A woman standing under two lightbulbs made of vegetables

Are You a Sugar Burner or a Fat Burner?

Are you hungry every few hours? Are you tired and cranky if you miss your mid-morning snack? Do you put on weight easily, and have trouble taking it off? If so, here’s why: You’re a sugar burner, not a fat burner.

What’s the difference?

If you’re a sugar burner, you primarily use glucose as your fuel. That’s because you’re eating a high-carbohydrate diet, and this means you’re dumping tons of sugar into your body. (Remember that all carbs—even those “healthy” whole grains—turn into sugar in your body.)

So what’s the problem? All that sugar causes wild blood sugar swings. Your blood glucose soars when you eat, and then plummets as your body over-compensates with insulin. So you go from a sugar “high” to a sugar “crash” within hours. As a result, you need to graze all day long or you’ll feel weak, exhausted, and moody.

Even worse, when you’re a sugar burner, you throw your hormones and your body’s response to them out of whack. As a result, you pack on pounds around your belly, and you increase your risk of obesity, metabolic syndrome, and diabetes. It’s no surprise that all of these problems are epidemic after decades of misguided advice to cut out fat and load up on carbs.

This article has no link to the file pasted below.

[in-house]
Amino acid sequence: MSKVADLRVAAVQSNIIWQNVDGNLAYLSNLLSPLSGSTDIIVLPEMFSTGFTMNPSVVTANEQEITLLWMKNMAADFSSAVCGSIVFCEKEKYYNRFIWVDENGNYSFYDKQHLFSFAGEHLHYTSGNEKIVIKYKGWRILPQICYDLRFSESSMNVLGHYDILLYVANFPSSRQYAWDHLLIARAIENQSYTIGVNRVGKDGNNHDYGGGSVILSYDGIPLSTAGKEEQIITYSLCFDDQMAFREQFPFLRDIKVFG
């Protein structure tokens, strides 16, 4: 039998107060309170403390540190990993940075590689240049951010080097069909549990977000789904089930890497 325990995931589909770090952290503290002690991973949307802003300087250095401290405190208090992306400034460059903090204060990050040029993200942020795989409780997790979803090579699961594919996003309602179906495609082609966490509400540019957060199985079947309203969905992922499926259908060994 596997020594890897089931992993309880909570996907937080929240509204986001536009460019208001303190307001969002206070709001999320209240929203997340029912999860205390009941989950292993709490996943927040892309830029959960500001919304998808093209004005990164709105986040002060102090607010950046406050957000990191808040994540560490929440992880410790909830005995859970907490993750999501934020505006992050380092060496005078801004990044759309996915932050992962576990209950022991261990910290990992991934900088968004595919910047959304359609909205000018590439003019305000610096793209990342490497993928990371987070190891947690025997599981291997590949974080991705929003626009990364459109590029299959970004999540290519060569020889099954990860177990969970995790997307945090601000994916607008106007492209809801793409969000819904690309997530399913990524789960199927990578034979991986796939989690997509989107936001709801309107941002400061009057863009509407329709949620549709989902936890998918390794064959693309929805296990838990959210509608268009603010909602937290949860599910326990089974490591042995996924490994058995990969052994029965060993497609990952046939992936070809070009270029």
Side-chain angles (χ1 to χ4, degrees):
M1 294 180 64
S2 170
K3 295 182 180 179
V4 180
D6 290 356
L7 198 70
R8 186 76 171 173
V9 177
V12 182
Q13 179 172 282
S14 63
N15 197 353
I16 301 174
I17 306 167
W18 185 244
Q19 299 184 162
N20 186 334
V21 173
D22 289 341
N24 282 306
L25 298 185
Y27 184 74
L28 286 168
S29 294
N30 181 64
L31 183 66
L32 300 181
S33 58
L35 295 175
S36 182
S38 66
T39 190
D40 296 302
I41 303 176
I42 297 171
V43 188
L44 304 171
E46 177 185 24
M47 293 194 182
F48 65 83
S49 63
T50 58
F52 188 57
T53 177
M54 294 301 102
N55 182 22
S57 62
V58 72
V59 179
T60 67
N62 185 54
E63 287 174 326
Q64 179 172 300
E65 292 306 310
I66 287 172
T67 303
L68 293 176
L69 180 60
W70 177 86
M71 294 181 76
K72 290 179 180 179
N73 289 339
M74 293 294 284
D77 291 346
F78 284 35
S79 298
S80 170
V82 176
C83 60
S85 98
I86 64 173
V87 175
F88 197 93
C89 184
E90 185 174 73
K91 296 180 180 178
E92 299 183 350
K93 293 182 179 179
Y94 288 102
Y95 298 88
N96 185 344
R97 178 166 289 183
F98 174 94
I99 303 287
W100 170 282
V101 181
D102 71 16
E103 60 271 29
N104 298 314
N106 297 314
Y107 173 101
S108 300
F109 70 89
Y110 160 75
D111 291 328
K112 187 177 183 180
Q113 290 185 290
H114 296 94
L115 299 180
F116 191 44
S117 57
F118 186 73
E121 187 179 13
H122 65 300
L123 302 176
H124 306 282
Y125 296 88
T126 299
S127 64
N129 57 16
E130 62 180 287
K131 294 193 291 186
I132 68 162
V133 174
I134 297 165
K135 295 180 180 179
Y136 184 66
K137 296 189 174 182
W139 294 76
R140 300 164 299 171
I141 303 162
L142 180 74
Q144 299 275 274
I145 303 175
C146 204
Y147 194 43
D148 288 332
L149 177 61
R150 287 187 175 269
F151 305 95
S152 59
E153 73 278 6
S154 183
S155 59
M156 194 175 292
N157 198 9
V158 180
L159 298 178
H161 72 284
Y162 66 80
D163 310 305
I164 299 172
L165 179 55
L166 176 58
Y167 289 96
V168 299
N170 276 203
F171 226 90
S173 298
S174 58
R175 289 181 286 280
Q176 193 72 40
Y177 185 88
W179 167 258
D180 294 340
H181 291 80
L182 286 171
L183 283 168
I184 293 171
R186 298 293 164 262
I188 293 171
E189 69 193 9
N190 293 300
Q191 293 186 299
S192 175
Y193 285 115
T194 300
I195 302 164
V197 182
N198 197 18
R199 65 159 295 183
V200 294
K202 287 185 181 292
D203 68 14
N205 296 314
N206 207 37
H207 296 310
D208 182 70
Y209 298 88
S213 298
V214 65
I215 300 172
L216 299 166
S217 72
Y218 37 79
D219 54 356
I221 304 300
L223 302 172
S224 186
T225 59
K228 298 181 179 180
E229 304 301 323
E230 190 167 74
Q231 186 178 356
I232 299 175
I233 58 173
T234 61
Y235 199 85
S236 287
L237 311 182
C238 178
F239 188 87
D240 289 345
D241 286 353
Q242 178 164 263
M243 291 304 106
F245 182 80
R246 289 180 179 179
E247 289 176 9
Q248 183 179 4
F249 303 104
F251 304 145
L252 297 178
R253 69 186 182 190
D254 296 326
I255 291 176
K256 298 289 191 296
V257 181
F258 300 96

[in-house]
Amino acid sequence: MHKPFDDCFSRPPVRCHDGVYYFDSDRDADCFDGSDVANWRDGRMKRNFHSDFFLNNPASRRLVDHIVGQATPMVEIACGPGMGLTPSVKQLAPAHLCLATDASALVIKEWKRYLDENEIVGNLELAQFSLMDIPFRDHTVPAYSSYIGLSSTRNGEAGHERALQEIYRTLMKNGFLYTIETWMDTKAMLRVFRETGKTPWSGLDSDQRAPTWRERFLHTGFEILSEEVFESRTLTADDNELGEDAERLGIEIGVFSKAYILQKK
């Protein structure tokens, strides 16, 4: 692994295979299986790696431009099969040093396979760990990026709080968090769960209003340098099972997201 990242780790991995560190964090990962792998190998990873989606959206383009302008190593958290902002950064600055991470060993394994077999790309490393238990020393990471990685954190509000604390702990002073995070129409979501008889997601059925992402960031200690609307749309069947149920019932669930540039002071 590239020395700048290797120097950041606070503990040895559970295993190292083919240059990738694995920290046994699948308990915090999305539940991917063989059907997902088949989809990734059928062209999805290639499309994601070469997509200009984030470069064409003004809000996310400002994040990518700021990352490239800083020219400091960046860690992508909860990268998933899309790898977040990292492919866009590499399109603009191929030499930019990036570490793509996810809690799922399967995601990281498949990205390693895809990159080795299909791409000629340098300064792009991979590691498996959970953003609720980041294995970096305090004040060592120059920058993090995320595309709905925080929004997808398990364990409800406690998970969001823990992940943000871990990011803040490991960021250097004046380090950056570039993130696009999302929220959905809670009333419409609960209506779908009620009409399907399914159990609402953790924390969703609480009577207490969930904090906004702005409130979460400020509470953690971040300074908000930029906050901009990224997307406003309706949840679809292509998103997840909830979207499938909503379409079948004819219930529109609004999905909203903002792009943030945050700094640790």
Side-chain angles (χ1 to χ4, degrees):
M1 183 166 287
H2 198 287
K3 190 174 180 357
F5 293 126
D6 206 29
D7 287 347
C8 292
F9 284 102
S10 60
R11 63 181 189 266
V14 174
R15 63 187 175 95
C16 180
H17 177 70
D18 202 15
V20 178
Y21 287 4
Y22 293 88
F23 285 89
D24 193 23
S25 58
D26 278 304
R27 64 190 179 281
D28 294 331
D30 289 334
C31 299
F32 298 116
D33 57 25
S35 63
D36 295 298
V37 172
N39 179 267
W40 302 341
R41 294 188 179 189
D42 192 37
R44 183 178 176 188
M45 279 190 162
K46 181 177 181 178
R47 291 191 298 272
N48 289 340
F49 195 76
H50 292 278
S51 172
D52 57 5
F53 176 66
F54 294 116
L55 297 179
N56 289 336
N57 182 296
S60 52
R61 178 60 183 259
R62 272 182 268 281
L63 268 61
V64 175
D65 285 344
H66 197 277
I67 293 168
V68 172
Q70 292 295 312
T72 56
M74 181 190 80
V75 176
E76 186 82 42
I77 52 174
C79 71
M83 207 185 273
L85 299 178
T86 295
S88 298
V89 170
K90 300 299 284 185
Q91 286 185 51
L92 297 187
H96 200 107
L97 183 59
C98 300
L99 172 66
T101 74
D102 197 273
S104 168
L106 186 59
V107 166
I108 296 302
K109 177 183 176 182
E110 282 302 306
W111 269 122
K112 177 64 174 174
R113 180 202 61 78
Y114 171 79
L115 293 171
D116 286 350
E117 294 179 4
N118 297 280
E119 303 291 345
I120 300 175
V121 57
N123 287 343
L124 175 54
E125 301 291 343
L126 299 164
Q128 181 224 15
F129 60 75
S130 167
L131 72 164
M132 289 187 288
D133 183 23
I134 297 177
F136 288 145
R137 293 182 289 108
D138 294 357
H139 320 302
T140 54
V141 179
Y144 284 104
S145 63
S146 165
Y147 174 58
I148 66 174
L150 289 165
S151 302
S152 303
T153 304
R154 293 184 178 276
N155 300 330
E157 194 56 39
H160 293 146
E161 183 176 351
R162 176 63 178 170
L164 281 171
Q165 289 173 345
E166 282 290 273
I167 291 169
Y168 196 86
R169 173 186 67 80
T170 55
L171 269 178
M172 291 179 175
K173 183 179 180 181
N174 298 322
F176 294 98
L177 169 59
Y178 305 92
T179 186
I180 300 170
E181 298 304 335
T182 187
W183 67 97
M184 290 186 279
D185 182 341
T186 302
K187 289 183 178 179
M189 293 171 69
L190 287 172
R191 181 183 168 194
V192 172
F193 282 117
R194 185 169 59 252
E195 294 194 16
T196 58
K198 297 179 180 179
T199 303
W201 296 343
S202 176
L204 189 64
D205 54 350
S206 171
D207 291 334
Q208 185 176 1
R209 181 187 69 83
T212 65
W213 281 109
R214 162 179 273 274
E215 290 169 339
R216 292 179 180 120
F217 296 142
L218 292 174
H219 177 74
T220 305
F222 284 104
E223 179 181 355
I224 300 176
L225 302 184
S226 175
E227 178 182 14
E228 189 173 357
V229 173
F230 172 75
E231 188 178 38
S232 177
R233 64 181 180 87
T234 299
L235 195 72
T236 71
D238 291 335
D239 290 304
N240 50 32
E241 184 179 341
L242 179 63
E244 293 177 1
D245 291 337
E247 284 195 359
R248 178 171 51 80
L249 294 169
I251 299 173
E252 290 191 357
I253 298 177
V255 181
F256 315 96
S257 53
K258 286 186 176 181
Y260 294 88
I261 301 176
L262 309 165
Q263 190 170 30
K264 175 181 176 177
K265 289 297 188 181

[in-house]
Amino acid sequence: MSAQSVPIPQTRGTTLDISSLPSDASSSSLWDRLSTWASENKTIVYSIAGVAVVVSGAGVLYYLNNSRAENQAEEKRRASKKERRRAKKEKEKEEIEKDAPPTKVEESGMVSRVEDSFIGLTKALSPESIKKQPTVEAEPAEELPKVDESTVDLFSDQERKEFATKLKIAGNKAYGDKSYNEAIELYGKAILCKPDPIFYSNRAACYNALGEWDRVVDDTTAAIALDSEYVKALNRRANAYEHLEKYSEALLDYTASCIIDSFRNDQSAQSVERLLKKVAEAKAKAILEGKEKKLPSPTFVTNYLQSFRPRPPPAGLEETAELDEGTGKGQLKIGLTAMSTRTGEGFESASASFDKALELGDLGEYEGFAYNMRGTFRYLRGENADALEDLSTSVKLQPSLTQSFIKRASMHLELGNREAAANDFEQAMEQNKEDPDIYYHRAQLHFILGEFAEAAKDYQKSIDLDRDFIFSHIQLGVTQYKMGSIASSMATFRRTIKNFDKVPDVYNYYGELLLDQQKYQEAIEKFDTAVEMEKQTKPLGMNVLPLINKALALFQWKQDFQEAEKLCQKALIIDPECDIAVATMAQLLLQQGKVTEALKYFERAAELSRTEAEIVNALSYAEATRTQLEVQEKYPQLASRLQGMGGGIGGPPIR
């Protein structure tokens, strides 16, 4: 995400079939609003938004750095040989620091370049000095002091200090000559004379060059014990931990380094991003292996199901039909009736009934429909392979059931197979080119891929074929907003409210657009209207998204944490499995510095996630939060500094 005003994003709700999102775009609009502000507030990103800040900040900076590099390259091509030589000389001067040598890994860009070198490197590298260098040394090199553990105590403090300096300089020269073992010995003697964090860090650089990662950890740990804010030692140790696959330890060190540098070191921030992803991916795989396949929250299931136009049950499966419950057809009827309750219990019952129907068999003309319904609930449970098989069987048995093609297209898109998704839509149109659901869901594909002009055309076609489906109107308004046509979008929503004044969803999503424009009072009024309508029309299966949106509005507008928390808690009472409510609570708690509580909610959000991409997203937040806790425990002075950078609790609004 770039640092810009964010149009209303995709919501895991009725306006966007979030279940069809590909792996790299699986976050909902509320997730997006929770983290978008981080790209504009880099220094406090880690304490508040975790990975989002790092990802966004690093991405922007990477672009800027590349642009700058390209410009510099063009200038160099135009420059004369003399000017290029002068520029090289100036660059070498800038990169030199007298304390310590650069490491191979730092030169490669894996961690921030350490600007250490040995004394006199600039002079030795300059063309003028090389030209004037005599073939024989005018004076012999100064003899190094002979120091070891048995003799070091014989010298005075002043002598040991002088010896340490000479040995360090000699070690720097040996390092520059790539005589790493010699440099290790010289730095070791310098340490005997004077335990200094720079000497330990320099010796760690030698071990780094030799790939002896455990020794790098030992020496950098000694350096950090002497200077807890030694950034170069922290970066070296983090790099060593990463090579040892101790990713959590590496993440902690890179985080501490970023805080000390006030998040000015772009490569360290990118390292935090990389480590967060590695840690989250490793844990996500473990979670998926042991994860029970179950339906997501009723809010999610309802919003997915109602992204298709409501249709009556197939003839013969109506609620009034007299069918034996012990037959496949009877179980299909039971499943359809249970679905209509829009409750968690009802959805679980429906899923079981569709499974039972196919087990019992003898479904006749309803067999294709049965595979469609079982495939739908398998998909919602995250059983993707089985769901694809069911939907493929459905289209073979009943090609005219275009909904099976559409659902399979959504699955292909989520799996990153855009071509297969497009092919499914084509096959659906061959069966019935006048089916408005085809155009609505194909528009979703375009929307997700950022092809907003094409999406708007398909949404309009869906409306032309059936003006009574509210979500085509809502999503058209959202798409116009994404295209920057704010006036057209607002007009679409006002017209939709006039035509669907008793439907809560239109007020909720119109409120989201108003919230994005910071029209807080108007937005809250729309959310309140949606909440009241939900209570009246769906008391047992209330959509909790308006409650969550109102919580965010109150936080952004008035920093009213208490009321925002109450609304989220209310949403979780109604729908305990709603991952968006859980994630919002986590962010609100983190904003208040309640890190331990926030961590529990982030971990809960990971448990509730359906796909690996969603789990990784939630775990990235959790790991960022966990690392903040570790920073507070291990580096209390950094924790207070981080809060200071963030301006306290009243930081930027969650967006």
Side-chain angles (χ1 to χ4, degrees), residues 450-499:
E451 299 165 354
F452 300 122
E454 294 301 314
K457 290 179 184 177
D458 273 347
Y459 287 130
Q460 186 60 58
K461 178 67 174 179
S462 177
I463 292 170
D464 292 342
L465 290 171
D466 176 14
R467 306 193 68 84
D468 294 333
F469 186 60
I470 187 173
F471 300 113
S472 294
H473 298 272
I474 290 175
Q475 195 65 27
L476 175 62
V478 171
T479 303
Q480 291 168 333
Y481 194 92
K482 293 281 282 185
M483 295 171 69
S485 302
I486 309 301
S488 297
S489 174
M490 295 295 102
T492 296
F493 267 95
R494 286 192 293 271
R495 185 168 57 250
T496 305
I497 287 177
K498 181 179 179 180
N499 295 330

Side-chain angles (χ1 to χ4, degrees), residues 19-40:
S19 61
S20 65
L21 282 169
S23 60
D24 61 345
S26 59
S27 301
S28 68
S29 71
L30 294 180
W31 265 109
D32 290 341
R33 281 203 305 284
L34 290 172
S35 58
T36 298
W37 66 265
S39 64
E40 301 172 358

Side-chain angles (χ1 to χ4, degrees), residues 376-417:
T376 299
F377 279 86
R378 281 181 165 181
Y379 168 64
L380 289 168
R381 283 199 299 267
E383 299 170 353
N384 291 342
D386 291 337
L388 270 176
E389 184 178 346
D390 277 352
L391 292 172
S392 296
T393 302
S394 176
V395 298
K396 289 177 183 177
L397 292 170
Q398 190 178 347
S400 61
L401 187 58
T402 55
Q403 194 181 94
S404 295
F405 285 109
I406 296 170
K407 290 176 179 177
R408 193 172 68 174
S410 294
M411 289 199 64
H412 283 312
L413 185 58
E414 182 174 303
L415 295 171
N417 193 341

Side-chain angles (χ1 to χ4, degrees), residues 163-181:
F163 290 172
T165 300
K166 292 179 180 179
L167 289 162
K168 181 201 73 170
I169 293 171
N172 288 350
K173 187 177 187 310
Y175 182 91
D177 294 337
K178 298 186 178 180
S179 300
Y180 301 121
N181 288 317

Now, let’s talk about how different things are if you’re a fat burner.

In this case, your body primarily uses fat as fuel. That’s because you’re eating a diet that’s low in carbs, so your cells aren’t constantly bathed in sugar. Your body burns the small amount of carbs you get from vegetables and limited amounts of fruit, and then it digs into your fat stores for the rest of the energy you need.

One great analogy I saw over at Primal Body—Primal Mind is that burning sugar is like building a fire with nothing but kindling. It’ll burn hot and fast, but you’ll need to keep stoking it constantly. But use a tiny bit of kindling to set a big log on fire—the equivalent of what happens when you eat a low-carb diet—and you’ll be warm and comfy for hours.

What’s more, being a fat burner doesn’t just eliminate your need to eat every few hours; it’s also way better for your long-term health. When you become a fat burner, your hormones and your body’s response to them become optimal, and your metabolism sings.

What’s the result of all this? Your blood sugar stays stable. You aren’t moody at mid-morning and half-dead by mid-afternoon. You melt off fat like crazy, and you lower your risk for metabolic syndrome and diabetes.

In short, if you want to lose weight, have boundless energy, and avoid becoming a statistic in the epidemics of obesity and diabetes, you need to switch from burning sugar to burning fat. And in my next blog post, I’ll tell you exactly how to do it… so stay tuned!

Keep thinking Big and living BOLD!